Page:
If you have been asleep, the is the first ever Geostationary Amateur Satellite and is a bit fab 'n' groovy!

I'm just using an Amazon sourced LNB:



I've stuck it on a dish I had lying in the hedge and attached it to an Azimuth and Elevation rotatormabob - you may remember that setup from here.

There's an LVB tracker with computer driven elevation and azimuth control.

I pointed the dish in very roughly the right part of the sky and then tuned around where I expected the signals to be, with the narrow band transponder downlink at 10489.550 - 10489.800. I've subtracted the 9750 local oscillator in the LNB.

I then found some signals and used the rotator controller to peak the signals - I've ended up at 149 degrees to the south and 18 degrees elevation - there will be many, many errors in my setup at thus time.

I'm a bit off frequency, and also drifting a touch. I need to add external frequency lock to the LNB. I've also started to setup an uplink based on the system we made here.

But I've certainly found it:


So the low beacon on the narrow band transponder is sending:

5i 5i 5i de qo-100 BK dl50amsat

and I am receiving this at a constantly drifting down frequency, currently at:

739.306 MHz on my SDR. So I add the 9750 MHz Local Oscillator and we get 10489.306 MHz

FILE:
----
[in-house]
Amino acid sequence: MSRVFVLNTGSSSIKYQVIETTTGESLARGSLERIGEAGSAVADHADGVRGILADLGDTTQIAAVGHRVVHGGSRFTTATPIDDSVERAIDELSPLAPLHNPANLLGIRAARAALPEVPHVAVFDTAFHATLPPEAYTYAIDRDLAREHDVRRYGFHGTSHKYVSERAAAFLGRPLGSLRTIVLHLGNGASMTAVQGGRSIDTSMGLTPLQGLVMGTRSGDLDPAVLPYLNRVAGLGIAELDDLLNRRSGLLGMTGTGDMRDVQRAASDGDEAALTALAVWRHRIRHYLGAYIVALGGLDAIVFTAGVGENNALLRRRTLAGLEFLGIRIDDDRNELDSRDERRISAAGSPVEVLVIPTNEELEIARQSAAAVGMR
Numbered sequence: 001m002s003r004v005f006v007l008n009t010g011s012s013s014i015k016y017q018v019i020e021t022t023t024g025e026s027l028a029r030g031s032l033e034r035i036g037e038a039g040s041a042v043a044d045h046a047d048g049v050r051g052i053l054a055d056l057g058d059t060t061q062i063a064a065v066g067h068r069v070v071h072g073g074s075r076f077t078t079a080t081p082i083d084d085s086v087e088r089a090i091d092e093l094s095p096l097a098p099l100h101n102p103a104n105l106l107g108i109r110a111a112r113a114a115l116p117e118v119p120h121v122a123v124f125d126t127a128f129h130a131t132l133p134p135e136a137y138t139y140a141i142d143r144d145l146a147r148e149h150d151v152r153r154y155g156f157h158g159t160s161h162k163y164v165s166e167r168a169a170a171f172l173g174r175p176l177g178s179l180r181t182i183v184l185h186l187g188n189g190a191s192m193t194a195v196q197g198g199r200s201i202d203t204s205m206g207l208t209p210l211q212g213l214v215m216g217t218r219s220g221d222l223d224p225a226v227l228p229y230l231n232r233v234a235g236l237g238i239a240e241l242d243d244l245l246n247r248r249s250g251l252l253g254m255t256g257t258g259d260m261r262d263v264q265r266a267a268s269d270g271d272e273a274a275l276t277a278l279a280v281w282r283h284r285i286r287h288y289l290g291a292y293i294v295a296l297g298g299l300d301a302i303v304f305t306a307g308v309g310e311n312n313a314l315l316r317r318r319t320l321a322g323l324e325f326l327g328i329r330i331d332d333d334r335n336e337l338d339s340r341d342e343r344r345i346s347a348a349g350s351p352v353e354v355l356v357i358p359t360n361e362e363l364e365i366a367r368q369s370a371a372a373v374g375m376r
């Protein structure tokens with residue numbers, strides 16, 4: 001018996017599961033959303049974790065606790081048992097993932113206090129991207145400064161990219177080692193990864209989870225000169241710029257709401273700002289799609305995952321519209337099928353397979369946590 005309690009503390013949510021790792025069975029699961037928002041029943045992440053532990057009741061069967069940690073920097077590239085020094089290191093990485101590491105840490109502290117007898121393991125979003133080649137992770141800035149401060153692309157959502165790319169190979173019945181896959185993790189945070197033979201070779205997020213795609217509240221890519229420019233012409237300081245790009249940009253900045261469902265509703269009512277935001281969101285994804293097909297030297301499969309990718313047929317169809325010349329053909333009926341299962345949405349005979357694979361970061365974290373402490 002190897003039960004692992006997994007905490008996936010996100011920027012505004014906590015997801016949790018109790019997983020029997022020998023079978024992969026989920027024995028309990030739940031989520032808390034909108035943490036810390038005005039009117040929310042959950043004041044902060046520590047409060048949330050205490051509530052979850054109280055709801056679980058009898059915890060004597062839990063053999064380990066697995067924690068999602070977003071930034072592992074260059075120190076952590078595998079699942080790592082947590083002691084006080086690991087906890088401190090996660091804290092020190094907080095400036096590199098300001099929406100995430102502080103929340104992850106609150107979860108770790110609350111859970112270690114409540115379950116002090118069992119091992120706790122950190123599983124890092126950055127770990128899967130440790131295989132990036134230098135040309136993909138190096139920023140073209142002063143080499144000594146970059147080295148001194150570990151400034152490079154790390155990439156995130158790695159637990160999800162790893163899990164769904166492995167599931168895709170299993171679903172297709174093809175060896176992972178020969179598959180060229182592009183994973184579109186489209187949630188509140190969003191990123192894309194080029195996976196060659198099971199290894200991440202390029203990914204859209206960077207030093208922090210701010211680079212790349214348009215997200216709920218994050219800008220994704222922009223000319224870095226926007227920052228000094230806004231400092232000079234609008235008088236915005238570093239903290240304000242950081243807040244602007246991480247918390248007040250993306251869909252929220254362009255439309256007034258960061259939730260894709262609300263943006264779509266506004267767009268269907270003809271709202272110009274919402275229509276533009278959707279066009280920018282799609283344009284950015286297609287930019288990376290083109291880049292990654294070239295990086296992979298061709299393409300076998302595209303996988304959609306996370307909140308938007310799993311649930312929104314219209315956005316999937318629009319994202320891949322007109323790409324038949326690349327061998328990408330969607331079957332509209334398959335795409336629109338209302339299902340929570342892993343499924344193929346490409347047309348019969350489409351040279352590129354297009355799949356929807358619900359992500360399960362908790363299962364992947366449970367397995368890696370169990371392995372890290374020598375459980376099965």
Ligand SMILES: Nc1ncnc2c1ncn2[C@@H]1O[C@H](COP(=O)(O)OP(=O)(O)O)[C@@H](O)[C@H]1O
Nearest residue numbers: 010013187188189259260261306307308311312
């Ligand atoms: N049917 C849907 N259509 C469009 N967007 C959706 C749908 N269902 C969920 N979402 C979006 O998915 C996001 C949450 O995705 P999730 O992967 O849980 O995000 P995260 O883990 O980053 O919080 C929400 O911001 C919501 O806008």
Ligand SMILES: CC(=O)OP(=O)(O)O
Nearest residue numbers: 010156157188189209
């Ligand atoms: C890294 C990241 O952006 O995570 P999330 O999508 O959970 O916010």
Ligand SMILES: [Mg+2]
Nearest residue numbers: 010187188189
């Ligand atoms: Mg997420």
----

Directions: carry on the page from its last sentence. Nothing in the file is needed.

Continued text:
If should be between 10489.550 and 10489.555 MHz so I am a bit out of bonk and drifting.

Next job - lock the LNB to a frequency reference!

Much more to follow on this topic!

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** UPDATE 1 **

I've modified my LNB to take an external 25MHz frequency - so I can feed it with a locked reference.

This has been done in accordance with the instructions here.





I'm feeding the LNB with some cheap co-ax from Amazon and I have replaced one of the "F" connectors with a BNC and attached it to my Leo Bodnar reference which I have set for 25MHz.

According to the instructions (well, read box) from the LNB:

Model: OQSLG Green HQ
Input: 10.70 GHz - 12.75 GHz
LO: 9.75 / 10.6 GHz (10.6 with 22KHz signal on coax)
0.1dB noise ratio
Gain: 60-65dB
Horizontal 18V; Vertical 12V

Now, with the 25MHz external reference, the low end beacon on the Narrow Band segment of the satellite is exactly on frequency:


I'm still worried about LNB skew as switching to horizontal doesn't null out this beacon completely = not even sure if it should, but I am definitely not seeing the DATV beacon yet so more fiddling is required.

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** UPDATE 2 **

I've fiddled and now can receive the DATV beacon:






This is really quite fantastic!